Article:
Help us make our streams safe for swimming!

Squirrel Creek Bacteria Study

Sierra Streams Institute has been monitoring a bacteria problem in Squirrel Creek upstream of Western Gateway Park in Penn Valley every month since 2005, with weekly sampling during the peak spring and summer months. We now have a considerable body of data to justify real concern about the threat to public health posed by bacterial contamination, particularly in a popular "swimming hole" within the park.

Sierra Streams/FODC has conducted three duplicate studies with the Central Valley Regional Water Quality Control Board (CVRWQCB), in September 2008, June 2009, and September 2010, as part of the Regional Board's Safe to Swim study. The studies confirmed levels far in excess of the EPA safe limit of 235MPN/100ml for a single grab sample. From April 22 to May 20 2009, SSI/FODC collected five samples to determine the geometric mean, found to be 320-353 MPN/100ml. The geometric mean safe level is 126 MPN/100ml. At the "safe" level, the EPA predicts a total of 8 sicknesses per 1000 exposed people. The range of values from samples collected in spring and summer of 2009 has been 42–1300MPN/100ml in the swimming hole itself, and even higher upstream in the two creeks that flow into the park. EPA studies have shown a high probability that swimmers are routinely sickened at these levels, and in all likelihood do not connect their illness with their exposure from swimming in the creek. In September 2010, samples were collected throughout the month of September, with 63% exceeding the single sample maximum, offering further evidence that contamination persists throughout the recreational swimming season.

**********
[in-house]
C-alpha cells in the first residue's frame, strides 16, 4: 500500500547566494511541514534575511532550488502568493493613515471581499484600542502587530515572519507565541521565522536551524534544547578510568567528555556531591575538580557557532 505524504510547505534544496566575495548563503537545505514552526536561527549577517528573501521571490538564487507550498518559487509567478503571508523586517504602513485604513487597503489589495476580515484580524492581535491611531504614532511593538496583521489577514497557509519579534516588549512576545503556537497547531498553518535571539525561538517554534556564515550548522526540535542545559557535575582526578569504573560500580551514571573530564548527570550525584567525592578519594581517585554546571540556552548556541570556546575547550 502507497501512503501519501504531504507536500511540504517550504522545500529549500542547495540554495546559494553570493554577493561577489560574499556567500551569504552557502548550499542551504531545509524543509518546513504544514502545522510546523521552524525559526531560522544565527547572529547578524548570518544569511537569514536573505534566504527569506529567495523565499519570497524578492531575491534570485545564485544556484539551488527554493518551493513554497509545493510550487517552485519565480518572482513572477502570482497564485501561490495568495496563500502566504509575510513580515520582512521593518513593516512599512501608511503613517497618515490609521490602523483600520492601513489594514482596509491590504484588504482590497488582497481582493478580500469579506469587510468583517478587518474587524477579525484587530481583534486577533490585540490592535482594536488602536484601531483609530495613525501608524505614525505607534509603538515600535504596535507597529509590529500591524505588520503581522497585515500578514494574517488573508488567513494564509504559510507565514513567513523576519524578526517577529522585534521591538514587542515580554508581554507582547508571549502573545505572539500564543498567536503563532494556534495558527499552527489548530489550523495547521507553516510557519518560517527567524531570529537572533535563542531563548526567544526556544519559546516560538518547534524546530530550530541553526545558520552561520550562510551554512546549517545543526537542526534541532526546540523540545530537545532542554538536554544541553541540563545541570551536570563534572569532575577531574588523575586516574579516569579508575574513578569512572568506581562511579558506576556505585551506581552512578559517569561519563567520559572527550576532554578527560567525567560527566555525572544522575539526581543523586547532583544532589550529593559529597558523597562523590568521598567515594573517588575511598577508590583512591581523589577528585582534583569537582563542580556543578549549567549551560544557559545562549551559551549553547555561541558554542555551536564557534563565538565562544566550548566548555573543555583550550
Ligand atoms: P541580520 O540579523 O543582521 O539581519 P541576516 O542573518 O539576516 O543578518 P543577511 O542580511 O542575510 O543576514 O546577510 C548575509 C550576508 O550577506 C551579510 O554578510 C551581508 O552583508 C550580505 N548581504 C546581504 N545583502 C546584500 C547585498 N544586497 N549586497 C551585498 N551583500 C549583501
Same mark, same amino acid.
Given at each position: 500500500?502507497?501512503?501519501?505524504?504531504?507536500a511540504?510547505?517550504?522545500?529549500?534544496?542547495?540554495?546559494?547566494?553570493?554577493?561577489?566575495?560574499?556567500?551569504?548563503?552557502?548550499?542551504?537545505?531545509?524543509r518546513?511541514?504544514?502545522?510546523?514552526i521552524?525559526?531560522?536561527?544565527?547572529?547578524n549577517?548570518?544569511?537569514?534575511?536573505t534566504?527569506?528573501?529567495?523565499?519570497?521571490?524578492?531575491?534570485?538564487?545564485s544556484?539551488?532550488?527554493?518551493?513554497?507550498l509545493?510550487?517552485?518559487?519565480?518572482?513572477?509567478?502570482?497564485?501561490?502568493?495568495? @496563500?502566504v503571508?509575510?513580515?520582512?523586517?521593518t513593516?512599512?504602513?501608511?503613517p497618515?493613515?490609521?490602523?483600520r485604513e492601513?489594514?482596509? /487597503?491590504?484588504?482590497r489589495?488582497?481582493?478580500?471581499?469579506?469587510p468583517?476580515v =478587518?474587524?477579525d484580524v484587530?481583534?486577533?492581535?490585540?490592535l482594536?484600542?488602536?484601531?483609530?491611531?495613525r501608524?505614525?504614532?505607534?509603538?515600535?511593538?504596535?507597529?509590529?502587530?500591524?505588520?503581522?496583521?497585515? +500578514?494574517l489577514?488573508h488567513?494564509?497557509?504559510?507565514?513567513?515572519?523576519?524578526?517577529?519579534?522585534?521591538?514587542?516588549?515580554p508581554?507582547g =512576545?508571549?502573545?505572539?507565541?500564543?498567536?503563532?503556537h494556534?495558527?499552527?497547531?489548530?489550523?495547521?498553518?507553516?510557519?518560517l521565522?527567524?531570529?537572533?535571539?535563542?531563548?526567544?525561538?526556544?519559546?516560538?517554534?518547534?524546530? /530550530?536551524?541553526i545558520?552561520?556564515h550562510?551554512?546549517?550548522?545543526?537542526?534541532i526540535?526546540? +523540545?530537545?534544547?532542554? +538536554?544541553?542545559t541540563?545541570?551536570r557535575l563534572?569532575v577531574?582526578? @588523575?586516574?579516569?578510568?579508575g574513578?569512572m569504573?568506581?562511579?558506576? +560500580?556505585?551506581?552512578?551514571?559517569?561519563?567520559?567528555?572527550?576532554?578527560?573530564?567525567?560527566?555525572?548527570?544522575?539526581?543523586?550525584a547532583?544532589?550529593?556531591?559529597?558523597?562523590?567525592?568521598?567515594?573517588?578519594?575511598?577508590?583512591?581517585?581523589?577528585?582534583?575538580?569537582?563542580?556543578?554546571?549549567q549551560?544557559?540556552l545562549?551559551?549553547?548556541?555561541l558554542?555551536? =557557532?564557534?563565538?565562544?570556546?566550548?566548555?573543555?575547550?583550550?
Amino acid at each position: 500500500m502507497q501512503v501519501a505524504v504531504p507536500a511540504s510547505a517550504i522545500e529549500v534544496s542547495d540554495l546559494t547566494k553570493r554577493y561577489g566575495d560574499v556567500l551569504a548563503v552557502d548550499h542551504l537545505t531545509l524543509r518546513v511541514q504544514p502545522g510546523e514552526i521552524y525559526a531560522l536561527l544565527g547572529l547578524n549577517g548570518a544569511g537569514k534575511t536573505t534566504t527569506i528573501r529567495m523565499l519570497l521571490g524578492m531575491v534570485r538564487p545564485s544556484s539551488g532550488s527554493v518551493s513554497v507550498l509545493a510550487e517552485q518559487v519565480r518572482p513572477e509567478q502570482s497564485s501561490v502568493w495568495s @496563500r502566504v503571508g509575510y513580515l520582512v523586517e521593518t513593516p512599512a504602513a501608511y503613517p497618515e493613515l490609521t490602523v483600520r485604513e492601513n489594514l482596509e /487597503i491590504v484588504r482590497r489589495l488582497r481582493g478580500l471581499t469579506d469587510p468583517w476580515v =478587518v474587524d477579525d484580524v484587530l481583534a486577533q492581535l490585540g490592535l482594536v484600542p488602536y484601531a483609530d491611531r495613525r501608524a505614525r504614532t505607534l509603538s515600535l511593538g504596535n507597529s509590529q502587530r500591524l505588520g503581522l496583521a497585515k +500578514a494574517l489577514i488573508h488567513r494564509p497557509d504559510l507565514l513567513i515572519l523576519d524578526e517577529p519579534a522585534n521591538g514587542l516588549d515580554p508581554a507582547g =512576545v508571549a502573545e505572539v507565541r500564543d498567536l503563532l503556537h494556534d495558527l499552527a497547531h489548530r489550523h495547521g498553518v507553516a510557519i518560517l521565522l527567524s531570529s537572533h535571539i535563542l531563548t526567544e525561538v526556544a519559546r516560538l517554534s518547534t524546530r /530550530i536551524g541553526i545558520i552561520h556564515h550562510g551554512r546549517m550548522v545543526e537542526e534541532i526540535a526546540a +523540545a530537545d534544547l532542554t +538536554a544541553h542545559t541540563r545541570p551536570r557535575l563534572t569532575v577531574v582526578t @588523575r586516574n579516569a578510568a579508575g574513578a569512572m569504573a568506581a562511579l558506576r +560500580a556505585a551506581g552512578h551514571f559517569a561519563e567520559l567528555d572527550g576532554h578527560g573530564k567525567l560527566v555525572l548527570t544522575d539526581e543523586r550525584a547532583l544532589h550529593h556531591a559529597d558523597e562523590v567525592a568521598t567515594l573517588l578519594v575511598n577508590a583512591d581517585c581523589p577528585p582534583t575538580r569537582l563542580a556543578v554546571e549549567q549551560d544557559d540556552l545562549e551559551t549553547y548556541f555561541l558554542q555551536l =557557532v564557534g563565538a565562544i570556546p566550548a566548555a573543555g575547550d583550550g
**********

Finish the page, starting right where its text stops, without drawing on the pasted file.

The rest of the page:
Western Gateway Park swimming hole

Children playing in the swimming hole at Western Gateway Park in Penn Valley.

The findings have led to an ongoing collaboration with CVRWQCB and with the Nevada County Environmental Health Department. Our findings and our meetings with the county have led to the installation of warning signage by the county, with the possibility of further signage in additional locations as indicated by the data. Based on these levels, the Regional Board has added three of our monitoring sites around the Western Gateway Park swimming hole as Core Sampling Sites for the continuing Safe To Swim Study. We will sample at these three core sites in 2011 from April to September during the peak recreation season. We will sample at five additional stakeholder sites, namely another swimming hole near Western Gateway Park and four sites upstream on Squirrel and Clear Creeks. Sampling upstream sampling of the park will help us to identify and remediate the sources of the contamination. Further collaborations have begun with the Natural Resources Conservation Service and the Nevada County Agricultural Commissioner, who are key partners in working with landowners to implement modifications to their land use practices aimed at protecting the creek from bacterial contamination. We have applied for further funding for education and outreach to stakeholders in the community, and for speciation efforts to pinpoint the sources.

swimming advisory sign

The sign warning swimmers about the bacteria risk.